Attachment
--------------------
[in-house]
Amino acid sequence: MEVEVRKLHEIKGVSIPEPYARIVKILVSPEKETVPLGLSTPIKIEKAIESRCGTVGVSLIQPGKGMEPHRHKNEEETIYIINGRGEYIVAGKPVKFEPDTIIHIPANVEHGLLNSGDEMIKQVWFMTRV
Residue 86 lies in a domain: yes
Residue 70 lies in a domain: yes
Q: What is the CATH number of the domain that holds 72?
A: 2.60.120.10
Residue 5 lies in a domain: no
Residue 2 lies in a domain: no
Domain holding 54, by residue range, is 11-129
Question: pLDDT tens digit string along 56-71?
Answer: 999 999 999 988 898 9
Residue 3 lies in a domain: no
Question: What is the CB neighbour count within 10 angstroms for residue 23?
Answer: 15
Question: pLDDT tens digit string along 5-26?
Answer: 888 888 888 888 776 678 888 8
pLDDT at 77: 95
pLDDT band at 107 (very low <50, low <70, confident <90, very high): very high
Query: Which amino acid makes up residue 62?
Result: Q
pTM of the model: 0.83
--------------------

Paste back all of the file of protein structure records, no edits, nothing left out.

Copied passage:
[in-house]
Amino acid sequence: MEVEVRKLHEIKGVSIPEPYARIVKILVSPEKETVPLGLSTPIKIEKAIESRCGTVGVSLIQPGKGMEPHRHKNEEETIYIINGRGEYIVAGKPVKFEPDTIIHIPANVEHGLLNSGDEMIKQVWFMTRV
Residue 86 lies in a domain: yes
Residue 70 lies in a domain: yes
Q: What is the CATH number of the domain that holds 72?
A: 2.60.120.10
Residue 5 lies in a domain: no
Residue 2 lies in a domain: no
Domain holding 54, by residue range, is 11-129
Question: pLDDT tens digit string along 56-71?
Answer: 999 999 999 988 898 9
Residue 3 lies in a domain: no
Question: What is the CB neighbour count within 10 angstroms for residue 23?
Answer: 15
Question: pLDDT tens digit string along 5-26?
Answer: 888 888 888 888 776 678 888 8
pLDDT at 77: 95
pLDDT band at 107 (very low <50, low <70, confident <90, very high): very high
Query: Which amino acid makes up residue 62?
Result: Q
pTM of the model: 0.83